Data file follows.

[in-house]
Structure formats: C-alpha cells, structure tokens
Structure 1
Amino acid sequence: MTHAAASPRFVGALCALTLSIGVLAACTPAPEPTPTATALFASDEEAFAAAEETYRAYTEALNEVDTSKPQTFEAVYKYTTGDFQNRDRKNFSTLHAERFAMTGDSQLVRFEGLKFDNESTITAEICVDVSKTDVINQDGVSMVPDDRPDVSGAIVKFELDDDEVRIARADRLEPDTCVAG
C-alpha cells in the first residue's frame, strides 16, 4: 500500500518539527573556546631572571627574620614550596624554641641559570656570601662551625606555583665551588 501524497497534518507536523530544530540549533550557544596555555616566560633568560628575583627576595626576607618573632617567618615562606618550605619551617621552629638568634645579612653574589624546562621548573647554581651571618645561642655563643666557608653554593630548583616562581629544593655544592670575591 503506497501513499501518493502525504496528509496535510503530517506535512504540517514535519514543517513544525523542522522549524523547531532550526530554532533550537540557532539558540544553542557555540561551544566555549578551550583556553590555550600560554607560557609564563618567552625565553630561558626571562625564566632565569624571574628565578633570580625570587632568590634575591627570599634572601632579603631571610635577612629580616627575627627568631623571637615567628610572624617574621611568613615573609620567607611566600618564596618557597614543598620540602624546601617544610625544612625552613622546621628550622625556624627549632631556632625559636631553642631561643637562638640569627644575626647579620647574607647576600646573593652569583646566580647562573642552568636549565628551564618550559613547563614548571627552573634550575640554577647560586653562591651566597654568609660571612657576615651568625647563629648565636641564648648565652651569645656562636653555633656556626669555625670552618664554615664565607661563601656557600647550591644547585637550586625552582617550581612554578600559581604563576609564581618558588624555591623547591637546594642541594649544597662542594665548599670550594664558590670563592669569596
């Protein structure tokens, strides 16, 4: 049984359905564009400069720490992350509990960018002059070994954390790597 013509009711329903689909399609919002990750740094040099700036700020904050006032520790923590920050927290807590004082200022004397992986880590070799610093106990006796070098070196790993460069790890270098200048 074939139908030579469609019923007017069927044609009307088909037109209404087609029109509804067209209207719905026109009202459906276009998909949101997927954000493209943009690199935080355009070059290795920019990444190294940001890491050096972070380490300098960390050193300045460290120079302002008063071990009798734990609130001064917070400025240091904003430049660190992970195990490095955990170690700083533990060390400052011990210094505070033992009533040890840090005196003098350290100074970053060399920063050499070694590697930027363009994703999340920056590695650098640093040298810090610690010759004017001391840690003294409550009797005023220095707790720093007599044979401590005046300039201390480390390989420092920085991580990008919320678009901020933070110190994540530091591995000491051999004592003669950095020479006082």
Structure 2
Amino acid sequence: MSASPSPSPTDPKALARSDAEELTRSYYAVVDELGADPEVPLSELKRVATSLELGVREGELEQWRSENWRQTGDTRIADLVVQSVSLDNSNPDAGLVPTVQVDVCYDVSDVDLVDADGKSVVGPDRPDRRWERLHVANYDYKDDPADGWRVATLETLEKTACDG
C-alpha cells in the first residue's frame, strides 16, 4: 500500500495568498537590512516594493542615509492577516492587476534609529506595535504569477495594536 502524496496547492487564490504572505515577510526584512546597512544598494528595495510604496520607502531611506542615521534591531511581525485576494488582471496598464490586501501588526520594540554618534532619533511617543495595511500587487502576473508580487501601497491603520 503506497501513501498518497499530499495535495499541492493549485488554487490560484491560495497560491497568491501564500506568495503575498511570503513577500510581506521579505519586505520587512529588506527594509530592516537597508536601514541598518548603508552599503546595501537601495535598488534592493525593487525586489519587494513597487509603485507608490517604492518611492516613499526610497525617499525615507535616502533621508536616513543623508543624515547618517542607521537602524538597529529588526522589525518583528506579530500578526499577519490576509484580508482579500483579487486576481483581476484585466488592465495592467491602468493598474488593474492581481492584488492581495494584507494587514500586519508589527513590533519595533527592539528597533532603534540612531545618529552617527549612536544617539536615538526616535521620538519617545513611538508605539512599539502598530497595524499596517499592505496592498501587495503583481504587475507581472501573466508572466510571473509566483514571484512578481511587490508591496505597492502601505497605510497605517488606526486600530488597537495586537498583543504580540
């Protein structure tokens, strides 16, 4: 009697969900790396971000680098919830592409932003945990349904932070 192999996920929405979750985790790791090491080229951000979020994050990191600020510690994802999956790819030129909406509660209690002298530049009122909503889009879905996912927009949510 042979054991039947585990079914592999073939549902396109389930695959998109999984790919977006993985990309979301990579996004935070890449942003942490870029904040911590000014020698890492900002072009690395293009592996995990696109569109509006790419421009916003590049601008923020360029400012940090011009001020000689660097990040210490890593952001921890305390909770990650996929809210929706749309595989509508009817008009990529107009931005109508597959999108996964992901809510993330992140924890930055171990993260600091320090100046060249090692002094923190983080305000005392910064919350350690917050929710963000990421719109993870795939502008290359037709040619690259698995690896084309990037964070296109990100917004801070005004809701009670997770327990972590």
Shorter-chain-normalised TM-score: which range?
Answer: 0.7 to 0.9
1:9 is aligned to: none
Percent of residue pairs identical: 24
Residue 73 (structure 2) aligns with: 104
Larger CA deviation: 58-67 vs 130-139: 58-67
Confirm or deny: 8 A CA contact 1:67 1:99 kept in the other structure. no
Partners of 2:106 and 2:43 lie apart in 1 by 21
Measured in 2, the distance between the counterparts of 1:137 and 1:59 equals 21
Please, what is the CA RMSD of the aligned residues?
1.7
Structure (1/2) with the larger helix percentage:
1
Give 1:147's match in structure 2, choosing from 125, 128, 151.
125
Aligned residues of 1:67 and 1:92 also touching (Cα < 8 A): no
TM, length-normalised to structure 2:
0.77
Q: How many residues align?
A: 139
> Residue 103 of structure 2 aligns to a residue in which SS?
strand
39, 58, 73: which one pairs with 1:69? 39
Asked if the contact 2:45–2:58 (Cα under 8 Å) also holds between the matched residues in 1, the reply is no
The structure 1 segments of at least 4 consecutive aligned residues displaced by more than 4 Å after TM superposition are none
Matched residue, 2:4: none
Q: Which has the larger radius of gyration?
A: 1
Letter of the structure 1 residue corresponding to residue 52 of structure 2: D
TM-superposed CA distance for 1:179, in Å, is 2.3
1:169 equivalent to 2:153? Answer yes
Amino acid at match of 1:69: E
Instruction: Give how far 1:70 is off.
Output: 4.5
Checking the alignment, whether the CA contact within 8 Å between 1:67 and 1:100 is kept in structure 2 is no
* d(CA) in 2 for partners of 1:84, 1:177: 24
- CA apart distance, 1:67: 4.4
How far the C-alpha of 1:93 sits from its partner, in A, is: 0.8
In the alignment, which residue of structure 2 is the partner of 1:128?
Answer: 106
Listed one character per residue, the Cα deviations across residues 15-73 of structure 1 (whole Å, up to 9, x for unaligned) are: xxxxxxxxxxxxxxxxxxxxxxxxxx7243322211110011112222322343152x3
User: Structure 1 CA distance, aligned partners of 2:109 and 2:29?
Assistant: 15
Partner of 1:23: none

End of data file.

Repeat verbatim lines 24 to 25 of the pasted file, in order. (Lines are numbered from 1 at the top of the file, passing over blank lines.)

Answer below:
Give 1:147's match in structure 2, choosing from 125, 128, 151.
125